I get the sense we are not very important when we stand alone; this is why “they” spend so much time trying to keep us apart. But, come to think of it, “they” try to fractionalize everyone even themselves! The truth of the scheme of things is that we are important, as are all cultures, because collectively we provide balance and beautifully order our world so that harmony may exist and in so doing glorify the perfect harmony that is the Creator. Alas, there is no harmony because in part we Africans have not distinguished ourselves or put into words, that which we dream; this dream being just and in harmony with the Creator.

So the elements that make us important, that which distinguishes us, are our differences with other cultures. Yes differentiation is the important thing. All those things that we do which are the same as others do not weigh in on the correcting side of the scale. Yes, our genetic and cultural predispositions make us different. Yes, our ability to endure hardship and survive makes us different. Yes, our compassion for others without concern for our own plight makes us different. Yes, our spiritual and secular harmony makes us different.

But in America and in an America controlled world our culture clashes with an ill-defined mainstream culture, so we have a constant conversion; people trying to be mainstream. We see Africans trying to be the same; trying so hard not to be different. We would rather take on other people’s identity and other people’s way of glorifying the Creator. Essentially we are losing the African differentiation. We are losing hope because we don’t understand that our difference is important.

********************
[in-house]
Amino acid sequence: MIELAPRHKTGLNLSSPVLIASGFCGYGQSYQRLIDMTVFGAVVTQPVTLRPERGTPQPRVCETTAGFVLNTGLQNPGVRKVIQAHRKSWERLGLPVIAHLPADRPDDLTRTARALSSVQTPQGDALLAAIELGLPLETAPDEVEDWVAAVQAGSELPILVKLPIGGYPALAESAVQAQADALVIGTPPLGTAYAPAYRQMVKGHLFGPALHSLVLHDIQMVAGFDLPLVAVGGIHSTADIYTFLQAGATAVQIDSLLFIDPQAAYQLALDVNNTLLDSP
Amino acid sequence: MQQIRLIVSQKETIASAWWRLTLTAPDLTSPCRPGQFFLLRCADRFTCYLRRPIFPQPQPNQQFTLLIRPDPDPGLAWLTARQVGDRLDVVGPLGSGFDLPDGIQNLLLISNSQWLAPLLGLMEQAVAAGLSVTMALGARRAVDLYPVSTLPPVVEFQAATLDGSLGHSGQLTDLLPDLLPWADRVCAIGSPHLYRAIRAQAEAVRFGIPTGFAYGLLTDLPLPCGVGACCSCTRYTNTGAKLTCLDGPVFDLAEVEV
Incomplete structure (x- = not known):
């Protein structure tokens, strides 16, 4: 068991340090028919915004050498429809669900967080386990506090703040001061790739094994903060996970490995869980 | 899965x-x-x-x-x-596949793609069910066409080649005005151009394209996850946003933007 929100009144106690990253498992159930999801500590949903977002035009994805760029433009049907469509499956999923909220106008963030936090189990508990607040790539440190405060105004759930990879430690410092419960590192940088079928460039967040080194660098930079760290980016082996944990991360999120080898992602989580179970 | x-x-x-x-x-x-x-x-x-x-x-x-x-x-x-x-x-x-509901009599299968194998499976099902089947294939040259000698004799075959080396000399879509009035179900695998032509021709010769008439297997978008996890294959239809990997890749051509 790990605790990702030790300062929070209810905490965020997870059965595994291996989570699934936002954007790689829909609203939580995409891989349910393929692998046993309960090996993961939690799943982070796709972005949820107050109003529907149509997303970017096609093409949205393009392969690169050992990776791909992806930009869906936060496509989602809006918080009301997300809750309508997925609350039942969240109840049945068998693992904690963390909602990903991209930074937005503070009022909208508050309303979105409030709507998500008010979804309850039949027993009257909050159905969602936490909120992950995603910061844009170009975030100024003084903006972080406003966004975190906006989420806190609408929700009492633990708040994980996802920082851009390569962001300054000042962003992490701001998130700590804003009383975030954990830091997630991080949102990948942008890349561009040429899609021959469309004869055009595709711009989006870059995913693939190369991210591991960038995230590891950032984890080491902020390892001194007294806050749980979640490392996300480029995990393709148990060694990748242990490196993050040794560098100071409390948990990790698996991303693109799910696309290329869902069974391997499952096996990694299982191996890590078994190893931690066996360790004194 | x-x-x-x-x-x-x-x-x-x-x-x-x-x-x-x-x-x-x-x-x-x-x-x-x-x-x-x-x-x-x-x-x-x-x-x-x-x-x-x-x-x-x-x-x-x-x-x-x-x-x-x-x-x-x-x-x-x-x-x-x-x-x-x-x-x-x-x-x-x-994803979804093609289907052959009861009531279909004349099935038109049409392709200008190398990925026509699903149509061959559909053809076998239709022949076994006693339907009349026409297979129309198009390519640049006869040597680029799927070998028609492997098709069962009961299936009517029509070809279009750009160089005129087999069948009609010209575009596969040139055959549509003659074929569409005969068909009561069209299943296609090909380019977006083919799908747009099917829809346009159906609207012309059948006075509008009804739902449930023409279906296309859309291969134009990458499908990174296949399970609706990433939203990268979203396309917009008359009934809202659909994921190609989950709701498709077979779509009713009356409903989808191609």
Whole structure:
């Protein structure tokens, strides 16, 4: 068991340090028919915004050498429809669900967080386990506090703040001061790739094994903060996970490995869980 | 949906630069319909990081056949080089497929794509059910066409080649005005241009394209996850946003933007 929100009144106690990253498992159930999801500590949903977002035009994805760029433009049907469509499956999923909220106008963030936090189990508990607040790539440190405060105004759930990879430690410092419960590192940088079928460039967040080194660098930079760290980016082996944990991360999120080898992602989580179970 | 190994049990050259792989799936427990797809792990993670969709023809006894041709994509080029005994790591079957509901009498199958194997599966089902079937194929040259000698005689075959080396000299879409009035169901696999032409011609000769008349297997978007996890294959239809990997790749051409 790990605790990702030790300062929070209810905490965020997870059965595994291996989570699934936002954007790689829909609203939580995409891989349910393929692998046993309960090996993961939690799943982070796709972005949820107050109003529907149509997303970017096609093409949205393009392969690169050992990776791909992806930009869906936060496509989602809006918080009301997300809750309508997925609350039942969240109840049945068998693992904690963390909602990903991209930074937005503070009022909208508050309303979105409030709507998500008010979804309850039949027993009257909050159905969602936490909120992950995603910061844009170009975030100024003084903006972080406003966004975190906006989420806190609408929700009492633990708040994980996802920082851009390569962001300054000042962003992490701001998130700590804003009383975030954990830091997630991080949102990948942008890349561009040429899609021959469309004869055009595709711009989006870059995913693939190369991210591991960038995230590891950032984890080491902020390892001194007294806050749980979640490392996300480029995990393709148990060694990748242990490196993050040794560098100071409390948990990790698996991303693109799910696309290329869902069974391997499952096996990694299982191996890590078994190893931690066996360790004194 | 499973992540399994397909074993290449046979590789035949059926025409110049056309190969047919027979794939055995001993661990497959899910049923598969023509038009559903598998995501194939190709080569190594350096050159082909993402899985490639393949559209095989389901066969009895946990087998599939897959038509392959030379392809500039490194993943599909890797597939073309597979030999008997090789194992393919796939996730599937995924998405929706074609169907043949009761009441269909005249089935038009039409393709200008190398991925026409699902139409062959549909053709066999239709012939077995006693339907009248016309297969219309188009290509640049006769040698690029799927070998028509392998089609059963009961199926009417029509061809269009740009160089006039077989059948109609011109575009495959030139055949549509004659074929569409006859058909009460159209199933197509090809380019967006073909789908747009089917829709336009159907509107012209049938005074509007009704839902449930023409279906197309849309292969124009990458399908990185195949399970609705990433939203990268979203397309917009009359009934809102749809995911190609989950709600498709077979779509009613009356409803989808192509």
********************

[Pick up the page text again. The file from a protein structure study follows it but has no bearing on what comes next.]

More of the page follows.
I am compelled now to be a cultural architect. Understanding my importance, I refuse to let my difference subside; it’s not just for me or my fellow Africans, it’s for everyone even if they don’t know or understand. Simply put, I’m compelled, as I was then, to move forward.

I move forward in my pursuit of perfectibility in the Creator. All decisions flow from this relationship and context. This is a differentiating mark. I am a child of Maat. This is a differentiating mark. I measure myself against the Creator, I am no better or worse than anyone else. This is a differentiating mark. I strive to practice right thought and right behavior. This is a differentiating mark. I am dedicated to uplifting my community in order to uplift myself. This is a differentiating mark. My worldview is holistic and highlights Maat; truth, justice, righteousness, harmony, balance, order, compassion and reciprocity for all. This is a differentiating mark. I listen in order to practice African deep thought. This is a differentiating mark. I am committed to preserving my family and therefore my culture by setting a positive example for others to follow. This is a differentiating mark. I am dedicated to honoring and learning from my ancestors. This is a differentiating mark.

So, because I realize that my essence, that which makes me uniquely African, despite all the subliminal and overt attempts to co-opt my spirit, still exists and can never be extinguished I have new hope. Because I realize that humanity needs our African spirit to balance its course, I have new hope. Because I know my differentiating marks, I go forward, expressing my differences, uplifting my culture and move closer to the Creator’s perfection.

Kawaida Seer-Sekou